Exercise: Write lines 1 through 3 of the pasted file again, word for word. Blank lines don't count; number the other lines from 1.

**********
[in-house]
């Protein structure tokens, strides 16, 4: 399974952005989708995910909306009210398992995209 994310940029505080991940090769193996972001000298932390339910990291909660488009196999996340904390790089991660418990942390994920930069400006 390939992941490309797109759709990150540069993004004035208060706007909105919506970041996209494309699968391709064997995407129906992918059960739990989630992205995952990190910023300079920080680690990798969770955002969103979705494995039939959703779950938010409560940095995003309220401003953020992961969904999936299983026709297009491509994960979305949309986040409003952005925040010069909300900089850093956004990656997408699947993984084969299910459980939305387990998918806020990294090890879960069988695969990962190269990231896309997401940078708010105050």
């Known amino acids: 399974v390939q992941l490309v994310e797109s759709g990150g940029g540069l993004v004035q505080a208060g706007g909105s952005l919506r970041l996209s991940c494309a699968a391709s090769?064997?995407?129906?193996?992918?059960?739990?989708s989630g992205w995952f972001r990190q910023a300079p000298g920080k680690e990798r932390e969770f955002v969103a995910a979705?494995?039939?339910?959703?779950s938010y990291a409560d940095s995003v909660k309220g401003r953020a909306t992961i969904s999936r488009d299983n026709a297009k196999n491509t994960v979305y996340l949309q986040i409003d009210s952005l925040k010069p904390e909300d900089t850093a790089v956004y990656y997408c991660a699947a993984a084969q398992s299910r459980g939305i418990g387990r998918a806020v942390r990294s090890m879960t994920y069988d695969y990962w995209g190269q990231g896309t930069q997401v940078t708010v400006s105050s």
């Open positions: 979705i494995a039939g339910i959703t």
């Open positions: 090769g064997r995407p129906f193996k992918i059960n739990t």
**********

[in-house]
């Protein structure tokens, strides 16, 4: 399974952005989708995910909306009210398992995209 994310940029505080991940090769193996972001000298932390339910990291909660488009196999996340904390790089991660418990942390994920930069400006 390939992941490309797109759709990150540069993004004035208060706007909105919506970041996209494309699968391709064997995407129906992918059960739990989630992205995952990190910023300079920080680690990798969770955002969103979705494995039939959703779950938010409560940095995003309220401003953020992961969904999936299983026709297009491509994960979305949309986040409003952005925040010069909300900089850093956004990656997408699947993984084969299910459980939305387990998918806020990294090890879960069988695969990962190269990231896309997401940078708010105050």
């Known amino acids: 399974v390939q992941l490309v994310e797109s759709g990150g940029g540069l993004v004035q505080a208060g706007g909105s952005l919506r970041l996209s991940c494309a699968a391709s090769?064997?995407?129906?193996?992918?059960?739990?989708s989630g992205w995952f972001r990190q910023a300079p000298g920080k680690e990798r932390e969770f955002v969103a995910a979705?494995?039939?339910?959703?779950s938010y990291a409560d940095s995003v909660k309220g401003r953020a909306t992961i969904s999936r488009d299983n026709a297009k196999n491509t994960v979305y996340l949309q986040i409003d009210s952005l925040k010069p904390e909300d900089t850093a790089v956004y990656y997408c991660a699947a993984a084969q398992s299910r459980g939305i418990g387990r998918a806020v942390r990294s090890m879960t994920y069988d695969y990962w995209g190269q990231g896309t930069q997401v940078t708010v400006s105050s």